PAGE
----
The Cures Act also asks NIH to continue making progress on the inclusion of women and ethnic and racial minority populations in research.  This has been a partnership of the Congress and NIH for many years – the Congress authorized both the NIH Office of Research on Women’s Health and what is now the National Institute on Minority Health and Health Disparities in 1993.  With the help of the Congress and the Cures Act, we continue to improve our monitoring and implementation of inclusion in these important areas.  We are now collecting inclusion data on a study-by-study basis.  In the coming year NIH will report, for the first time, inclusion data from studies on a disease and condition basis. 

Finally, the Cures Act created a Task Force on Research Specific to Pregnant Women and Lactating Women (PRGLAC) to advise the Secretary of Health and Human Services regarding gaps in knowledge and research on safe and effective therapies for pregnant women and lactating women.[4]  This area of research is vital, but it is absolutely critical that we carefully consider the risks of exposures in this potentially vulnerable time of life.  NIH established PRGLAC on March 13, 2017 bringing together federal and non-federal experts, including the Food and Drug Administration, representatives from relevant medical societies, non-profit organizations, and industry, to discuss these important issues.

PRGLAC has already held four public meetings – the first on August 21-22, 2017 to determine the scope of current Federal research and regulatory activities on safe and effective therapies for pregnant and lactating women, the second on November 6-7, 2017 to understand the ethical issues surrounding research to develop therapies for pregnant and lactating women, the third on February 26-27, 2018 to discuss communication strategies for health care providers and the public about the use of therapies for pregnant and lactating women, and the fourth on May 14-15, 2018 to discuss recommendations to address the gaps in knowledge, ethical issues, and communication strategies for therapies used by pregnant and lactating women.  In addition, NIH issued a Request for Information to further inform the task force’s deliberations.

Based on the outcome of the Task Force meetings, a report with the final recommendations has been developed and will be sent to the HHS Secretary and Congress by September 2018.  NIH is grateful to the Congress for recognizing the need for careful consideration in this area of research and looks forward to addressing any recommendations made by the Task Force, as determined by the Secretary.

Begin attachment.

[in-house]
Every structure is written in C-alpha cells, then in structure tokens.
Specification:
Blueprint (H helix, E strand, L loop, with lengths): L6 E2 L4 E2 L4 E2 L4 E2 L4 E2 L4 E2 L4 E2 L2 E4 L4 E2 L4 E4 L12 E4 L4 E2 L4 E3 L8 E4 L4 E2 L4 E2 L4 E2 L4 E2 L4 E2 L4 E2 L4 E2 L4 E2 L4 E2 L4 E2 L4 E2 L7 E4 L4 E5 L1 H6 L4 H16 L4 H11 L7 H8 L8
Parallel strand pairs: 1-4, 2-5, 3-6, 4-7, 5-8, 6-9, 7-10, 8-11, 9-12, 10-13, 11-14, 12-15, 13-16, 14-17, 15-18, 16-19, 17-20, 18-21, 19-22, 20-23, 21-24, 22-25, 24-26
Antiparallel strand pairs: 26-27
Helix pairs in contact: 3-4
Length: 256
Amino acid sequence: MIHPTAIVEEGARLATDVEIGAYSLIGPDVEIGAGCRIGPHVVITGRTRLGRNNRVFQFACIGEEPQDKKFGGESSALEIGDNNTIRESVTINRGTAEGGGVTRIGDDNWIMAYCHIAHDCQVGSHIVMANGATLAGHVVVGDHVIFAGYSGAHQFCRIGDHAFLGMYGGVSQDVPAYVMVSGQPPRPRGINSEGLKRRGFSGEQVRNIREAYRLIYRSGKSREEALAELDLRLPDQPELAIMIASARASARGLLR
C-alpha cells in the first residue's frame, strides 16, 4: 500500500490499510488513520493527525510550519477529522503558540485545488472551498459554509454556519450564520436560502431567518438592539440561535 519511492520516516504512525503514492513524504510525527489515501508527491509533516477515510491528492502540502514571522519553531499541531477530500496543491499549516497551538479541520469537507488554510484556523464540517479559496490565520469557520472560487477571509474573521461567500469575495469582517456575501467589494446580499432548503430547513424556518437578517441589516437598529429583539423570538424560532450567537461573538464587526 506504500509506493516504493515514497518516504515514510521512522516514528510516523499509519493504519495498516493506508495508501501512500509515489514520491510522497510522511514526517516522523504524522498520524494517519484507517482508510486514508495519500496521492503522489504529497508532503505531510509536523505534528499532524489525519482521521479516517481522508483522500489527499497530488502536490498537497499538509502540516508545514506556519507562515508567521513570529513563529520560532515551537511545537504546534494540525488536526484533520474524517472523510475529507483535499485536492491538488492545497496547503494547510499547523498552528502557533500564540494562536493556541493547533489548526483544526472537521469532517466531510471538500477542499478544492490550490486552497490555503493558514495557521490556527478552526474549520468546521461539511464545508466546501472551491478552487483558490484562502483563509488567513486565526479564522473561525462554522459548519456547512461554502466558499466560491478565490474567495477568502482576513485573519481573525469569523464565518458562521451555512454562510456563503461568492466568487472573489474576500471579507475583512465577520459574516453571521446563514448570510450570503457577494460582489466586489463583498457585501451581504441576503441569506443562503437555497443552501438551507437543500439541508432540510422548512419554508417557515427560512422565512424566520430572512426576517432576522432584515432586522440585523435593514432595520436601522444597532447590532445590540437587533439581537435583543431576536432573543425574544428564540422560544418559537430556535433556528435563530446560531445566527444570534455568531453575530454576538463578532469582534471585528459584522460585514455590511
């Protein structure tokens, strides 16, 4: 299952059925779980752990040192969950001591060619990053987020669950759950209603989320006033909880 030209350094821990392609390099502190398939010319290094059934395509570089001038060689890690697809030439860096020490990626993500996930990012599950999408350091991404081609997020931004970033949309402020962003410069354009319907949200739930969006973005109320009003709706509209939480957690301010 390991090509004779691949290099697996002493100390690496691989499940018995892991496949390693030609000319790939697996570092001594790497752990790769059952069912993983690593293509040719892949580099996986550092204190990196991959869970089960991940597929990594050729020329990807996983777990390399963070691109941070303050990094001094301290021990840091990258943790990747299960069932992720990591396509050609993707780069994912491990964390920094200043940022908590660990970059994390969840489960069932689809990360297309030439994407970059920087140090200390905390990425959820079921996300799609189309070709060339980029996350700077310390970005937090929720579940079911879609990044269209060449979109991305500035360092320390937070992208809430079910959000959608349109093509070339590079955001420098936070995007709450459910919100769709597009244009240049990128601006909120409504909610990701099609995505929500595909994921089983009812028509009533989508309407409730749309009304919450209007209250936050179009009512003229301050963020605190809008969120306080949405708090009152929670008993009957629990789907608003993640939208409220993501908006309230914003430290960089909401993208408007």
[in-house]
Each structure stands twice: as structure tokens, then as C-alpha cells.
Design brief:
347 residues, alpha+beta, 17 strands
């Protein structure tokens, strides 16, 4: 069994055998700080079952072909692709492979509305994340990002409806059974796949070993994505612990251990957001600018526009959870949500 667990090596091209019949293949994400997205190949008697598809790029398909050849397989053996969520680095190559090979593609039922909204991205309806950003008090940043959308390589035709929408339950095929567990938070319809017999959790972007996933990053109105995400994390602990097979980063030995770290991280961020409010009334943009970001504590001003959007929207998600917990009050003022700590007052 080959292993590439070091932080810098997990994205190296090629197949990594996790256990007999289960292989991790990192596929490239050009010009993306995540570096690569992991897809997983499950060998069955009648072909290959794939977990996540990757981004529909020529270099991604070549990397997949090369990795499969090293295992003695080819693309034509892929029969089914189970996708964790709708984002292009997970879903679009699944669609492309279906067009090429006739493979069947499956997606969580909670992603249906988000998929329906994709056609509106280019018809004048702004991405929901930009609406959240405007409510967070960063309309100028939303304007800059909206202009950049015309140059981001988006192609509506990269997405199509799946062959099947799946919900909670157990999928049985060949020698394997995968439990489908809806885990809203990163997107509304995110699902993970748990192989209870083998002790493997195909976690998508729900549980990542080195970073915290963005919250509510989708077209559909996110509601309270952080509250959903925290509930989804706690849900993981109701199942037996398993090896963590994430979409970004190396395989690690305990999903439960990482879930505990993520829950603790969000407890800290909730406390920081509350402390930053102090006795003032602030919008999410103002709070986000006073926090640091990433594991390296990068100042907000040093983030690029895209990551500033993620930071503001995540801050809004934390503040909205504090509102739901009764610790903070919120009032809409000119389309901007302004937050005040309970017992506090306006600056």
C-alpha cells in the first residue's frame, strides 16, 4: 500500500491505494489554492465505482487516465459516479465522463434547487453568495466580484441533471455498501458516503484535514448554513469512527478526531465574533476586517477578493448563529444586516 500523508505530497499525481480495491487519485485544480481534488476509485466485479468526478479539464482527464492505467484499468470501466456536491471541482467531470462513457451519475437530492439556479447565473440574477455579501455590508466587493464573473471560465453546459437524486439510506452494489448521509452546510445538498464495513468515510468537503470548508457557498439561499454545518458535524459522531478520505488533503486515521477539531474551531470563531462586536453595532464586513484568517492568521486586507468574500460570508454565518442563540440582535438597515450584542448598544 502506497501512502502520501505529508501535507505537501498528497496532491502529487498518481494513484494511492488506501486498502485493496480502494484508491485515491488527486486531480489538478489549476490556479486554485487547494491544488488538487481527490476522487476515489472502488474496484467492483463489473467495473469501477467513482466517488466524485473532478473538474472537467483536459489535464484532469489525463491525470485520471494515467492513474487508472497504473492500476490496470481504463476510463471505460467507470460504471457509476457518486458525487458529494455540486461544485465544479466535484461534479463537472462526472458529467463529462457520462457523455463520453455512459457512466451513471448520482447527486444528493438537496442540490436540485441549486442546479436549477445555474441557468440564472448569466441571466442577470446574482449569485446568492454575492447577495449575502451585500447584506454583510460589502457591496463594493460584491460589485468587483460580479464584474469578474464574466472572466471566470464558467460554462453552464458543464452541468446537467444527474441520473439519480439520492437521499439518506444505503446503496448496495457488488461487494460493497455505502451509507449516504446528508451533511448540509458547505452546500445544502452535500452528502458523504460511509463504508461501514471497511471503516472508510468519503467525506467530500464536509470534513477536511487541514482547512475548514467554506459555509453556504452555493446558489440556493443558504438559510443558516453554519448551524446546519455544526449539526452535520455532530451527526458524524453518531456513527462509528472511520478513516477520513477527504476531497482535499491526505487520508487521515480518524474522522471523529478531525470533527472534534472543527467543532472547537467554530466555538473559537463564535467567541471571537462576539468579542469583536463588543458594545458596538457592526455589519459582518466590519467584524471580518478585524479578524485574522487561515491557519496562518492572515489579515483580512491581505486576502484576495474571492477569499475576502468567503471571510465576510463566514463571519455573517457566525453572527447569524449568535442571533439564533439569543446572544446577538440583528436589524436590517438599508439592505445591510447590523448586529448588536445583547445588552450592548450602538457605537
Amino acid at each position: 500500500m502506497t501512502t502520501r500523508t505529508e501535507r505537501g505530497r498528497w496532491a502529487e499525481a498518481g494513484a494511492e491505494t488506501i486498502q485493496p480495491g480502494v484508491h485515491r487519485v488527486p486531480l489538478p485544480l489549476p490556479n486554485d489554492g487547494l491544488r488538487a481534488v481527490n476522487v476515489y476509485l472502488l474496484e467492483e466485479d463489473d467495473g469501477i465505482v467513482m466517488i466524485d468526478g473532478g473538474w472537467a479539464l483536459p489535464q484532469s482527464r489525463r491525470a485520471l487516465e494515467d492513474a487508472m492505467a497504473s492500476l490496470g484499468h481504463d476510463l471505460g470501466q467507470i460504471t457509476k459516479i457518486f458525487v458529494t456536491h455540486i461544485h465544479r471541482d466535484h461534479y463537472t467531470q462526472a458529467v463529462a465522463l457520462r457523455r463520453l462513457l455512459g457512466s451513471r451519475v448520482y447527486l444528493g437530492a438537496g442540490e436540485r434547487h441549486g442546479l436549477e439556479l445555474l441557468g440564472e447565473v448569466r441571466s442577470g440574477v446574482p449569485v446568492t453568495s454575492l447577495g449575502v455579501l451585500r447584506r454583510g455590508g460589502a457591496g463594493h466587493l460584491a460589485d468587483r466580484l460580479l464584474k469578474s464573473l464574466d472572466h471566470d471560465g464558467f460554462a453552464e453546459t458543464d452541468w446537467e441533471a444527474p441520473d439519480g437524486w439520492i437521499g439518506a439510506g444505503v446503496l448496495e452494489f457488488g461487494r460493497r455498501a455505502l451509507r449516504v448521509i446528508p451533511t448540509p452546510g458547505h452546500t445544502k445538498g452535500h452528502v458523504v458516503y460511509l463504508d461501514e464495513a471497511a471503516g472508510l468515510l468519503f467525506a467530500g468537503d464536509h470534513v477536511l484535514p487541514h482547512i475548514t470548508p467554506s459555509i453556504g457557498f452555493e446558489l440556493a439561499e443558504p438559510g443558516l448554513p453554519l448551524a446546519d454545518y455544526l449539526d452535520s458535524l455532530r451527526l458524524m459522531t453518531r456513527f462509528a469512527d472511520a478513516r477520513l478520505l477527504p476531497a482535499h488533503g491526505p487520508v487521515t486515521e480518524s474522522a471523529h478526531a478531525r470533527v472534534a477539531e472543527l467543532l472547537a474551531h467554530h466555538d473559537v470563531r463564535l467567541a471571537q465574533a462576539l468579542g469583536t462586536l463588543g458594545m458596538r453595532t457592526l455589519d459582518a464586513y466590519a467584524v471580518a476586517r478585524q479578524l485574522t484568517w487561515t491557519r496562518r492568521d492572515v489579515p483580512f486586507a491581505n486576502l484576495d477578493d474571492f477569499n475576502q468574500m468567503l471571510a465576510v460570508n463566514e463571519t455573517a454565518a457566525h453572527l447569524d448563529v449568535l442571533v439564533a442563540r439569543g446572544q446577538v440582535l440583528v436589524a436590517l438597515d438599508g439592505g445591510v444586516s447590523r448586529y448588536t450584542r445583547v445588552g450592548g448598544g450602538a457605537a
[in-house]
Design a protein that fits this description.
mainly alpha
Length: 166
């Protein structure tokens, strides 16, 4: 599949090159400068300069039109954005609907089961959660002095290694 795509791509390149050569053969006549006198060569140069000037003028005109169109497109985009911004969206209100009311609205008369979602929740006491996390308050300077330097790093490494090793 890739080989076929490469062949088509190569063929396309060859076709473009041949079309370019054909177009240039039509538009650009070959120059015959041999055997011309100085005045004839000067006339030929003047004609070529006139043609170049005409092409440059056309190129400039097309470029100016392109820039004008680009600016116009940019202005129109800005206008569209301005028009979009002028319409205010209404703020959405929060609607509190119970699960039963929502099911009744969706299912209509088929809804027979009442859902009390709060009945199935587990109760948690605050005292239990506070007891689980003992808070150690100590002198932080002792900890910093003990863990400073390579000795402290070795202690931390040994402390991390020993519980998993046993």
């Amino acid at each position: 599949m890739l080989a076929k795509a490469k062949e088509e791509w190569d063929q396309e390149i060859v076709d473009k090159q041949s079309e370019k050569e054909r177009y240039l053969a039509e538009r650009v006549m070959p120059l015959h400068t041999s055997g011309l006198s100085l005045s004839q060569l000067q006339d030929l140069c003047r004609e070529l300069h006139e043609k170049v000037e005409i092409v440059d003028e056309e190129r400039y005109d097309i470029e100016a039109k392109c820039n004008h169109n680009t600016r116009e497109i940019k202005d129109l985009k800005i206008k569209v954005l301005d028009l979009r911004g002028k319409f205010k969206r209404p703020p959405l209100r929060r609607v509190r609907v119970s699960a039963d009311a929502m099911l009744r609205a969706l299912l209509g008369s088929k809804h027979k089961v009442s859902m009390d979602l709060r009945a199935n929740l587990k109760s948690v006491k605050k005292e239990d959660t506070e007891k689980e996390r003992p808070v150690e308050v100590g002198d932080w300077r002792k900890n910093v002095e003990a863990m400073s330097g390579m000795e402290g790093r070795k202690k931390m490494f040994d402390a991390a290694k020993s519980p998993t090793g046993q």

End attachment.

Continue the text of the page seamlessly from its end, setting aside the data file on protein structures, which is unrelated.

Strengthening Biomedical Workforce

NIH and its stakeholder community have for many years been concerned about the long-term stability of the biomedical research enterprise.  As a consequence of NIH’s loss of more than 20 percent of its purchasing power from 2003 to 2015, researchers were forced to vie for limited resources, leading to a hypercompetitive environment.  With success rates below 20 percent, many highly meritorious applications were going unfunded.   This too often resulted in misaligned incentives and unintended consequences for talented researchers at all career stages who were trying to succeed and stay in science.  This kind of environment can be particularly challenging for many new- and mid-career investigators.

Over the last several years, NIH has taken numerous steps to balance, strengthen, and stabilize the biomedical research workforce, but these measures have only taken us so far.  While by 2015 the percentage of NIH awards that support early-career investigators went from declining to flat, those gains were offset by a decline in the percentage of NIH awards that supported mid-career investigators. 

Chart showing Percent of Funded Investigators per fiscal year

As a direct result of the Cures Act, in June 2017 NIH launched the Next Generation Researchers Initiative[5] aimed at strengthening the biomedical workforce with a focus on early career investigators or investigators who are at an early stage in their career.  NIH intends to take a multi-pronged approach, which we outlined in an article published on November 7, 2017,[6] to increase the number of NIH-funded early-stage investigators and to stabilize the career trajectory of scientists at all stages.

NIH is developing evidence-based, data-driven strategies to assure that NIH investments are directed in ways that maximize scientific output.  We are being aided in these efforts by an expert Working Group of the Advisory Committee to the Director, who will present recommendations in December 2018.  But several important steps are already being taken: Institutes and Centers are placing greater emphasis on current NIH funding programs to identify, grow, and retain new- and early-career investigators across these critical career stages.  The NIH Office of the Director is tracking progress across ICs in order to assess if these strategies are working.  I am personally committed to this issue and thank the Committee for their support of early-career investigators.